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Fenner, Ellen Margaret (Bobbie) (1911–1995)

by Gordon Ada

Mrs Bobbie Fenner, wife of Professor Frank Fenner, died a few days after Christmas, following a long fight against cancer.

She was born in, trained and worked as a nurse in Perth. She enlisted in the Australian Army Nursing Service in late 1939, served in the Middle East and then in Queensland where she met Frank in 1944. Both had been working on malaria, so they shared an interest in medical research which was to endure. When Frank was offered a position at the Walter and Eliza Hall Institute in 1945, she worked part time as an unpaid technical assistant with him.

While working at the Rockefeller Institute in New York in 1948, Frank was offered the Foundation Chair of Microbiology at the John Curtin School of Medical Research at the ANU. On his return to Australia, he was based initially at the Hall Institute but the family moved to Canberra in late 1952 when laboratories became available. Bobbie played a major part in the design and supervision of the construction of the fine Robin Boyd house at the corner of Torres Street and Monaro Crescent where they lived.

Bobbie had a passion for gardening, especially for growing flowers which were provided liberally for many different private and community functions. Much of her spare time was spent in services to many community affairs, including a number of charities. Her work was recognised by several awards, including in 1980 an Order of Australia Medal.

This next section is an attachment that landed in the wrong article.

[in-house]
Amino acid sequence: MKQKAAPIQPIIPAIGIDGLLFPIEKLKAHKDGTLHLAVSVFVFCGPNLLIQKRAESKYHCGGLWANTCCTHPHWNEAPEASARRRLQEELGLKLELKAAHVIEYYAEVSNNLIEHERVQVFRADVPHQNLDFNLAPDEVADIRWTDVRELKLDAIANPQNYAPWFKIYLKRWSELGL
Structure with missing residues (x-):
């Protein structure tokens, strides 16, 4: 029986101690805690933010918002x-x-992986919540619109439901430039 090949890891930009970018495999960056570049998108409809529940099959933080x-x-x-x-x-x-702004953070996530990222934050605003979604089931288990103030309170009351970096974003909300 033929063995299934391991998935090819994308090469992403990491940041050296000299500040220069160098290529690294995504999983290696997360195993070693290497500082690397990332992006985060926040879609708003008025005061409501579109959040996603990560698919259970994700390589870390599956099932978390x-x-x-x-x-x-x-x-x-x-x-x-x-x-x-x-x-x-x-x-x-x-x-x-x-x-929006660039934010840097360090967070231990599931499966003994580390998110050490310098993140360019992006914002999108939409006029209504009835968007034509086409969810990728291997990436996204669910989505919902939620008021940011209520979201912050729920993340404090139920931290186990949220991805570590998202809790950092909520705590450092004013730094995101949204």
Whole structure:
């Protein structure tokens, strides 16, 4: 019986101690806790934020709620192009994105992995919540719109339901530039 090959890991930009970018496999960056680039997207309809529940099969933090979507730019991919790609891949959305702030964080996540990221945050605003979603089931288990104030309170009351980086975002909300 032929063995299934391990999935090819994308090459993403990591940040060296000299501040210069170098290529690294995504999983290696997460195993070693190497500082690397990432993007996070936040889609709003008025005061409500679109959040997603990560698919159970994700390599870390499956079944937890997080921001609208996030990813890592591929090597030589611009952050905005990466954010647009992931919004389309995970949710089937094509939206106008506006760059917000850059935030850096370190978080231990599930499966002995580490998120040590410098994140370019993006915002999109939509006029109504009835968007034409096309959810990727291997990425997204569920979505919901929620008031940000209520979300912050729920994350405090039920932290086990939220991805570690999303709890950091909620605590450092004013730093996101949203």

She was always the gracious hostess on the many occasions visitors to the John Curtin School or to the Centre for Resource and Environmental Studies were invited to the Fenner home. From 1984 onwards, she and Frank made generous donations both to the University and to the Australian Academy of Science, in part to support scientific conferences. The best known are the Annual Frank and Bobbie Fenner Symposia on Medical Research, held at the John Curtin School, and on Environmental Topics, held at the Academy.

She and Frank, with their daughter, Marilyn, son-in-law, Arthur Marshall and grandchildren, Sally and Simon Marshall, were the special toast at a grand dinner celebration at Old Parliament House, on the occasion of the sixth Frank and Bobbie Fenner Medical Symposium in November, 1994, held then to celebrate Frank's 80th birthday.

When so many modern day marriages fail over time, their marriage was a fine example of two strong personalities entering into a lasting partnership, each lending great support in many ways to the other. Even though she realised that the end could not be far away, Bobbie insisted that Frank attend the meeting at the Royal Society in London in early December, at which he received the Copley Medal, a most prestigious award.

Frank is now back at work at the University for which he and Bobbie directed so much of their energies over such a long period towards making it a great Institution. The University recognised that contribution inter alia by the naming of Fenner Hall in their honour.

Original publication

Citation details

Gordon Ada, 'Fenner, Ellen Margaret (Bobbie) (1911–1995)', Obituaries Australia, National Centre of Biography, Australian National University, http://oa.anu.edu.au/obituary/fenner-ellen-margaret-bobbie-370/text371, accessed 25 November 2017.

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